I am in full agreement with R.S. As a backpacker, the thought of a 60lb bug out bag for even a three-day hike is pretty laughable. Also, no matter what your ability to carry a load, you’ll be limited by the suspension system of the bag. Some of the better packs out there have beefed-up suspension pads that better distribute the weight to your hips and off your shoulders. With relatively lightweight compressible gear, I can get down to about 3500ci for a pack size and 35 lbs for a 3-day pack, not including food, water, or ammunition. I agree with R.S. that most of the cheap military type bags have poor stitching and often poor suspension. Molle straps are worthless if your bag rips or you can’t carry it.
If you’re not wearing body armor, I think a muted color REI Crestrail, REI XT85, Gregory Baltoro, Kelty Redwing 50, Kelty Coyote, or Arcteryx Altra are great relatively new internal frame packs that could support a 40 to 50lb load with good weight distribution. If you are wearing body armor, the Mystery Ranch mystery cinch allows you to wear a regular pack comfortably. Also, don’t forget the hiking poles. Your knees will thank you, and you can use them for a makeshift shelter in a pinch.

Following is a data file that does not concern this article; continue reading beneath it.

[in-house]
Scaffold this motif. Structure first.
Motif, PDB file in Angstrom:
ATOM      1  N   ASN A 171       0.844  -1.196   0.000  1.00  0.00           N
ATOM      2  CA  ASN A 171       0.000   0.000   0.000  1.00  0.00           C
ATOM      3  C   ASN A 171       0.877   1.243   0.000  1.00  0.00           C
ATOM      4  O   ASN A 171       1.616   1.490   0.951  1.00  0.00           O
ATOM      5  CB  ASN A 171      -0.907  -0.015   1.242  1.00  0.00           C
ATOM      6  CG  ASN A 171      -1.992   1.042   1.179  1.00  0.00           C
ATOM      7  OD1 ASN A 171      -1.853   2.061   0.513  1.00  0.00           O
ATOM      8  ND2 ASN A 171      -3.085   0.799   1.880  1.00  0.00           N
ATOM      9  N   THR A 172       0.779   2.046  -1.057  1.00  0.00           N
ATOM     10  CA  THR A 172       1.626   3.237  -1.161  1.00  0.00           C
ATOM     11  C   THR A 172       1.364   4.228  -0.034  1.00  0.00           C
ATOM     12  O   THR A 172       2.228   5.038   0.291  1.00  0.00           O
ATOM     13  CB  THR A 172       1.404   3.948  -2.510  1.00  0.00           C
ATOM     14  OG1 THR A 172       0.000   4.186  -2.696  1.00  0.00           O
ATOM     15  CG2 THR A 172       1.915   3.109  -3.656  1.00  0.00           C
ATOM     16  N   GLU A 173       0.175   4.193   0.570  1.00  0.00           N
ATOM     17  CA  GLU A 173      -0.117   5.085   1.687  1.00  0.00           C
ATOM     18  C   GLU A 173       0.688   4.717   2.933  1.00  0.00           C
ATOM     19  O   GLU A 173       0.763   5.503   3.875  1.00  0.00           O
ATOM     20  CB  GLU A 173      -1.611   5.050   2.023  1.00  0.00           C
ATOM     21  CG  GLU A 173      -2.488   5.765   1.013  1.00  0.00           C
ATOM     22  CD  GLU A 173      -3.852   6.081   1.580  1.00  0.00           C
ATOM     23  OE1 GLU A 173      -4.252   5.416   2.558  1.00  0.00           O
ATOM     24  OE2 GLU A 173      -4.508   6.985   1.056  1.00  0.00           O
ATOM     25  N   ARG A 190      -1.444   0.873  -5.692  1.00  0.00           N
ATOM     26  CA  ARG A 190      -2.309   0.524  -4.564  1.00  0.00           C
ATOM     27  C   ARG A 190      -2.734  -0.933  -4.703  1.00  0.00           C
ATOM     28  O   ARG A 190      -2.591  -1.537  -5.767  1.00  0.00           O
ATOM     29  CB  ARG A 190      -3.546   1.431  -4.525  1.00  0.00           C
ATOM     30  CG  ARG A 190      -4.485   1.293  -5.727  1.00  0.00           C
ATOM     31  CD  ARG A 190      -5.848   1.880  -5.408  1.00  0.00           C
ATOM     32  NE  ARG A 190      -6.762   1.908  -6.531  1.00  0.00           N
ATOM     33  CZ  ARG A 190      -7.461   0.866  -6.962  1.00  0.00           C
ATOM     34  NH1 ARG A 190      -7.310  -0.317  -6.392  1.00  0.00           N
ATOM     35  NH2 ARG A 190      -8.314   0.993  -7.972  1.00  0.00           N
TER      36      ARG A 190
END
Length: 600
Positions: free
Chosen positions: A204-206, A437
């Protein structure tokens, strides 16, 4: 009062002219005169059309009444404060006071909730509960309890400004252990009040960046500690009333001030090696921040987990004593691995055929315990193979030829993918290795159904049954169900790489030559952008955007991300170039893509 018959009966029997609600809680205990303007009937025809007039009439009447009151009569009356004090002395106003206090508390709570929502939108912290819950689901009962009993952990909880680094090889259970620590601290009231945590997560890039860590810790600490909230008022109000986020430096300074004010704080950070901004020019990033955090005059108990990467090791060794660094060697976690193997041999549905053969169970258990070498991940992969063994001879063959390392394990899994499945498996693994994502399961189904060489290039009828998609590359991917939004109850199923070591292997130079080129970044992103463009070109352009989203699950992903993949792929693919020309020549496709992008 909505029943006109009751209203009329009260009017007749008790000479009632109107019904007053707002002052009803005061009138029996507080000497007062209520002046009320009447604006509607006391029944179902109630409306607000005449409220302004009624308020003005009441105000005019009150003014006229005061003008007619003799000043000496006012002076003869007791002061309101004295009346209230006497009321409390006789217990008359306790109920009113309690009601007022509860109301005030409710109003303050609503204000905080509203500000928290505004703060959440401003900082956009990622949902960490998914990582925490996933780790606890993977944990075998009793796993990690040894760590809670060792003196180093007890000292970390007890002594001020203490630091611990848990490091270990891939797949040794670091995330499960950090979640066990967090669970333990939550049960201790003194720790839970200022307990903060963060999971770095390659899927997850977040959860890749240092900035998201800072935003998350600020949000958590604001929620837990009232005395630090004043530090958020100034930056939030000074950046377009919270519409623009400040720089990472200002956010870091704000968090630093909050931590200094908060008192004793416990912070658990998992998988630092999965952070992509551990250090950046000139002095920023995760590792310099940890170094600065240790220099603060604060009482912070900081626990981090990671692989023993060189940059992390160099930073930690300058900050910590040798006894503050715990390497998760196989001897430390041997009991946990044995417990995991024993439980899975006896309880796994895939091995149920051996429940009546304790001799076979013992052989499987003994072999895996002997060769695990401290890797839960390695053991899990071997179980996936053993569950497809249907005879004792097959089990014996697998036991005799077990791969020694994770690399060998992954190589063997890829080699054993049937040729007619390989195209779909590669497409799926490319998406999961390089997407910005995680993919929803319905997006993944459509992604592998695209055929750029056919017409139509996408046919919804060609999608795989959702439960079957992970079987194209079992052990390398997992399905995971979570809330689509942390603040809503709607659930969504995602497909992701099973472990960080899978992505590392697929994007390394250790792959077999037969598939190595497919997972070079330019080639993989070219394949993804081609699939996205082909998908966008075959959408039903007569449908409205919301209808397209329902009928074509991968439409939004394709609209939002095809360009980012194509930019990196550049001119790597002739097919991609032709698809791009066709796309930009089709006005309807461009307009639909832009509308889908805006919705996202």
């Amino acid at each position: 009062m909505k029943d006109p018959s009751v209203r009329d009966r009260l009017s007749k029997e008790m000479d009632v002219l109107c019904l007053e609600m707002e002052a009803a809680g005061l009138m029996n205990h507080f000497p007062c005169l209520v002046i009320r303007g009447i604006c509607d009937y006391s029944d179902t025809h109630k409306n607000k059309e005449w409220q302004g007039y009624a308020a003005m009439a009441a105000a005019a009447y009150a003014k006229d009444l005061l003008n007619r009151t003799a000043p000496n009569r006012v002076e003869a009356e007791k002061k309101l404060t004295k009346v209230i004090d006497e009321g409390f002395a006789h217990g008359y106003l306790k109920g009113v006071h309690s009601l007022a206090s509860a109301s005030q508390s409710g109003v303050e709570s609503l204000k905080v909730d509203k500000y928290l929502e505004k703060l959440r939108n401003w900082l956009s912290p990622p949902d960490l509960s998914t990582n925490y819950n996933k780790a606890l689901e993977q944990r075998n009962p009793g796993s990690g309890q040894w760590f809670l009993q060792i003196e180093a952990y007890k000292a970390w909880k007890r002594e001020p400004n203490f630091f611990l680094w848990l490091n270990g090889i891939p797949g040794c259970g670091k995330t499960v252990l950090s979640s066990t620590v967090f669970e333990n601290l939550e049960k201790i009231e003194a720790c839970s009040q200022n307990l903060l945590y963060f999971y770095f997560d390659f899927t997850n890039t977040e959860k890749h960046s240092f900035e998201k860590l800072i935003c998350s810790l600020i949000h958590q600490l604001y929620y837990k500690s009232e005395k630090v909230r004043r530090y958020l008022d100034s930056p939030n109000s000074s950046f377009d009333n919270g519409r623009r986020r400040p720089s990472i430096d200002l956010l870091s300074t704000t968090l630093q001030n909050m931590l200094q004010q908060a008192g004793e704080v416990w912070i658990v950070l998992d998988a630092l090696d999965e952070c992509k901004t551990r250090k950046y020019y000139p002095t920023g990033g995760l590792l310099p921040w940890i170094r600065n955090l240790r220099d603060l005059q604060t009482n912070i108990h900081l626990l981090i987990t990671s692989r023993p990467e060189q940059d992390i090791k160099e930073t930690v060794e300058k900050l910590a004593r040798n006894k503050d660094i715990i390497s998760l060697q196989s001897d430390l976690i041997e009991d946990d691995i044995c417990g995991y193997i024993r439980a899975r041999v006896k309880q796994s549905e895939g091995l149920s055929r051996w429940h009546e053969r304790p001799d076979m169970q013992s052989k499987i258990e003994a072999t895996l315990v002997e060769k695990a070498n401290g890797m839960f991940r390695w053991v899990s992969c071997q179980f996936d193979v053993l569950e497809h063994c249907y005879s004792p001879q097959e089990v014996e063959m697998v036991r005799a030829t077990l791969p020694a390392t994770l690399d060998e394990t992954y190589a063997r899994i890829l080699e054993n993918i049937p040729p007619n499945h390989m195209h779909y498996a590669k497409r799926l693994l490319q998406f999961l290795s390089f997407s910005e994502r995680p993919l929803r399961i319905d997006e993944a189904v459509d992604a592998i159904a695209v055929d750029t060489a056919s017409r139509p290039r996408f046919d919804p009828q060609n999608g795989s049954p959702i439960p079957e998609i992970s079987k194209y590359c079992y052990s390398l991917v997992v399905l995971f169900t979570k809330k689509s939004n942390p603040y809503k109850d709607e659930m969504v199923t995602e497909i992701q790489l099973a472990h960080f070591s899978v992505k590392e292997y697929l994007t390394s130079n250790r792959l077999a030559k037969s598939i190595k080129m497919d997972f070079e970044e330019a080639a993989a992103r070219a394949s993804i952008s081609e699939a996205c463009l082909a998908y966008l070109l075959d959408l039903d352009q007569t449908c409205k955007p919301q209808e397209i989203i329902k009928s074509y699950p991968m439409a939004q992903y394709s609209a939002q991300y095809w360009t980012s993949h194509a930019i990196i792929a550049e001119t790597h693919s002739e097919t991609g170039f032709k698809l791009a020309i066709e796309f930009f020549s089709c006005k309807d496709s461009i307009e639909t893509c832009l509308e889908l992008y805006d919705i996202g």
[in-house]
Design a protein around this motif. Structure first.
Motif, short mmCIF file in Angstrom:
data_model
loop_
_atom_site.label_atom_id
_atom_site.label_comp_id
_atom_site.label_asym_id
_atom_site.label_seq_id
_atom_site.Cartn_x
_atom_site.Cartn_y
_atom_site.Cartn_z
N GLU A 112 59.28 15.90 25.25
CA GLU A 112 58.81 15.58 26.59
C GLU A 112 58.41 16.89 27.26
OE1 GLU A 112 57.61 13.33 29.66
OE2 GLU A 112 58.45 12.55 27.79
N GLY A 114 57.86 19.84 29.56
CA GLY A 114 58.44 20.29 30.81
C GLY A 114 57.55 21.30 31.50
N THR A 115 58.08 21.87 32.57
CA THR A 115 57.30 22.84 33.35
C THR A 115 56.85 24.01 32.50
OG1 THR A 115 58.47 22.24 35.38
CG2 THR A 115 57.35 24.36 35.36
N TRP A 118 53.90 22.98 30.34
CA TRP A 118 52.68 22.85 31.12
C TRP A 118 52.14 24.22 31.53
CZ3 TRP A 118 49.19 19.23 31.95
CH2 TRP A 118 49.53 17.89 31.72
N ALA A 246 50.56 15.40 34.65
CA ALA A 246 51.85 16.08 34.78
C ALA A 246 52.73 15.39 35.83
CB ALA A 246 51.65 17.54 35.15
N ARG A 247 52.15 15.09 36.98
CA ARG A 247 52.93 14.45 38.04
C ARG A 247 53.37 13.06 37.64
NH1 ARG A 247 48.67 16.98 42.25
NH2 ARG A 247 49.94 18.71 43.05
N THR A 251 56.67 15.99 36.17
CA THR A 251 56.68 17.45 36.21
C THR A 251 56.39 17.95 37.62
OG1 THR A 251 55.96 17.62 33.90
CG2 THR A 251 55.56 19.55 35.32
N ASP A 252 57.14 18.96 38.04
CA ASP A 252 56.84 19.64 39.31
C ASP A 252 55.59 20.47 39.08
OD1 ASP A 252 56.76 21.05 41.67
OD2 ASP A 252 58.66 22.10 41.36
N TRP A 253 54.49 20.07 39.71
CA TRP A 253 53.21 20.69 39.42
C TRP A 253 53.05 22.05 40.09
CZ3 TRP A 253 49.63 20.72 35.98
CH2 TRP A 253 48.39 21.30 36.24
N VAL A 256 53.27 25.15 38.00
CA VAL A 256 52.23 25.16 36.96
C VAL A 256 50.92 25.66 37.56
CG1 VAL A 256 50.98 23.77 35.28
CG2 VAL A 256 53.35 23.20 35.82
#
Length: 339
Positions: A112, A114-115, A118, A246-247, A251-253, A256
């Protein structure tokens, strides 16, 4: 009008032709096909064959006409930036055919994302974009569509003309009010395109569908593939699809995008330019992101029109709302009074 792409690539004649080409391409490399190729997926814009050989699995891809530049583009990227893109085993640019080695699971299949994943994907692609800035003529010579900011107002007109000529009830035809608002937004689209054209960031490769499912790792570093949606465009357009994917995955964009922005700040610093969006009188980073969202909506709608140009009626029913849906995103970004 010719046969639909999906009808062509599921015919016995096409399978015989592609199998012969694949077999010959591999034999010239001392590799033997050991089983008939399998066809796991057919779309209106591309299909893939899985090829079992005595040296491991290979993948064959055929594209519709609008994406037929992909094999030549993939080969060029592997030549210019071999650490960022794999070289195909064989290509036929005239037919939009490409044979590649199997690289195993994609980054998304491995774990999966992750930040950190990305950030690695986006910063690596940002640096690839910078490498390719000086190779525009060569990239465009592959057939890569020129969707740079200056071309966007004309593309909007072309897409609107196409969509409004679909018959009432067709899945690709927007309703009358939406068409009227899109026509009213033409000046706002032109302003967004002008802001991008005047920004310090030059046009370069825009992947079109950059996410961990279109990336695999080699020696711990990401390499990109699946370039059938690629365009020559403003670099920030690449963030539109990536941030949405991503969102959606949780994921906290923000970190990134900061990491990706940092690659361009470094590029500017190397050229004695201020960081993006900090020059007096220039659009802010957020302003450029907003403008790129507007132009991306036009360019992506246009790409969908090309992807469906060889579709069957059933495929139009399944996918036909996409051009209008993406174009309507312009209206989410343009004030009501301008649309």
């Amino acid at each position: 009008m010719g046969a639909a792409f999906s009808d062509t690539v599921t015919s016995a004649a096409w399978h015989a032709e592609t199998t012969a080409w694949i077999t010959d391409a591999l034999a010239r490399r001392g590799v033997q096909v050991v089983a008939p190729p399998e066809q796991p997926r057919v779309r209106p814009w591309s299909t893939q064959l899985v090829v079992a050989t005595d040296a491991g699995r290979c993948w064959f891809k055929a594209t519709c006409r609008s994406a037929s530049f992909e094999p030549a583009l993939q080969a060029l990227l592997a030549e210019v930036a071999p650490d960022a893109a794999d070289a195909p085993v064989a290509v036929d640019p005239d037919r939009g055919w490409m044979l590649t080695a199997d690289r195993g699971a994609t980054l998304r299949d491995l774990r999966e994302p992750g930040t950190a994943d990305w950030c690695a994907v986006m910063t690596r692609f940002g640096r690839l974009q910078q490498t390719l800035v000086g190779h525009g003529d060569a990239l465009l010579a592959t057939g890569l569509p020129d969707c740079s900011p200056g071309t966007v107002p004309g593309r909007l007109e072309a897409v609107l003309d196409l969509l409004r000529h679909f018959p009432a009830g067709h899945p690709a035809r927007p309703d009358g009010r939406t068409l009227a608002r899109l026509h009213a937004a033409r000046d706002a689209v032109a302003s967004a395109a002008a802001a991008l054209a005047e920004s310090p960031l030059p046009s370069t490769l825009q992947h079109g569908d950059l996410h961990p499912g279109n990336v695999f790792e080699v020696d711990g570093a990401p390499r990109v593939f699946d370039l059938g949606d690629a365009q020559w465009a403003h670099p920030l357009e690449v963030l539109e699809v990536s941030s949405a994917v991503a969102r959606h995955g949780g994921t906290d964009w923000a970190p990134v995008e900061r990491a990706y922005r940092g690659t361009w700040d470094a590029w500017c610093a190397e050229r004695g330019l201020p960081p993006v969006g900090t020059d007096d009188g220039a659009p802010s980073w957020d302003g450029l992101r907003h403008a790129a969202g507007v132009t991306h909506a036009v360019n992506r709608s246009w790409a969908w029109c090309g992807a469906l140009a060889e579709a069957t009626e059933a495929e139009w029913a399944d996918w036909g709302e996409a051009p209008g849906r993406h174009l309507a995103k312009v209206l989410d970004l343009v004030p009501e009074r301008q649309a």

My current get home bag/weekend backpack is a Mystery Ranch SATL. It has great suspension that adjusts to your body through the futura yoke, and unlike other military packs such as the ILBE, it’s lightweight at just under 5lbs. It also has removable “bolsters” that allow you to wear armor comfortably. It has a relatively high price point, but as they say “spend once, cry once”. – G.G.
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BRAVO! It’s good to see common sense applied to B.O.B. thinking. From the demo’s I’ve seen at B.O.B. “show & tells” I’ve often wondered where the Bug-out Wheel barrow was hiding.
Pioneer wagon train routes often had piles of “unnecessary cargo” at the base of the first mountain. Everything from furniture to bath tubs were packed into wagons headed west, but only essentials arrived at the destination. When getting to the destination is imperative, only what’s needed to get you there is important.
Thanks for a well-written article. – T. in Texas